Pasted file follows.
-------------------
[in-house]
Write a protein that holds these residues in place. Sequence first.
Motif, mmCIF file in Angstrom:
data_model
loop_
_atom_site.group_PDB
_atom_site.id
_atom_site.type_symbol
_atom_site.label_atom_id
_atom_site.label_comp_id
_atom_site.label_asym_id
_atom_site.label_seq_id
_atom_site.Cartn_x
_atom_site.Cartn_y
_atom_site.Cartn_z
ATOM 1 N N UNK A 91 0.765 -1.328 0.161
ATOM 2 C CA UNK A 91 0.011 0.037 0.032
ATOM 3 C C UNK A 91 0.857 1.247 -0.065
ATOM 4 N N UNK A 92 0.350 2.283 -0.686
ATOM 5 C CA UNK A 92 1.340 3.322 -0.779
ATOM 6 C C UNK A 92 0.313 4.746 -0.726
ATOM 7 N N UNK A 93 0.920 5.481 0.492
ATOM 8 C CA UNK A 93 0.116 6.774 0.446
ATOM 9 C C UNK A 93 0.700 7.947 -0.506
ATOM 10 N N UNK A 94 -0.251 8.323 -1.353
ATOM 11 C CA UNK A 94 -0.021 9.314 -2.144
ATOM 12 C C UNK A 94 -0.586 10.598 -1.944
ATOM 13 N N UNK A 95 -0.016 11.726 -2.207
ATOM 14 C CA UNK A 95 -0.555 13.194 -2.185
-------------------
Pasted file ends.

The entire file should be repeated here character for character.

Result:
[in-house]
Write a protein that holds these residues in place. Sequence first.
Motif, mmCIF file in Angstrom:
data_model
loop_
_atom_site.group_PDB
_atom_site.id
_atom_site.type_symbol
_atom_site.label_atom_id
_atom_site.label_comp_id
_atom_site.label_asym_id
_atom_site.label_seq_id
_atom_site.Cartn_x
_atom_site.Cartn_y
_atom_site.Cartn_z
ATOM 1 N N UNK A 91 0.765 -1.328 0.161
ATOM 2 C CA UNK A 91 0.011 0.037 0.032
ATOM 3 C C UNK A 91 0.857 1.247 -0.065
ATOM 4 N N UNK A 92 0.350 2.283 -0.686
ATOM 5 C CA UNK A 92 1.340 3.322 -0.779
ATOM 6 C C UNK A 92 0.313 4.746 -0.726
ATOM 7 N N UNK A 93 0.920 5.481 0.492
ATOM 8 C CA UNK A 93 0.116 6.774 0.446
ATOM 9 C C UNK A 93 0.700 7.947 -0.506
ATOM 10 N N UNK A 94 -0.251 8.323 -1.353
ATOM 11 C CA UNK A 94 -0.021 9.314 -2.144
ATOM 12 C C UNK A 94 -0.586 10.598 -1.944
ATOM 13 N N UNK A 95 -0.016 11.726 -2.207
ATOM 14 C CA UNK A 95 -0.555 13.194 -2.185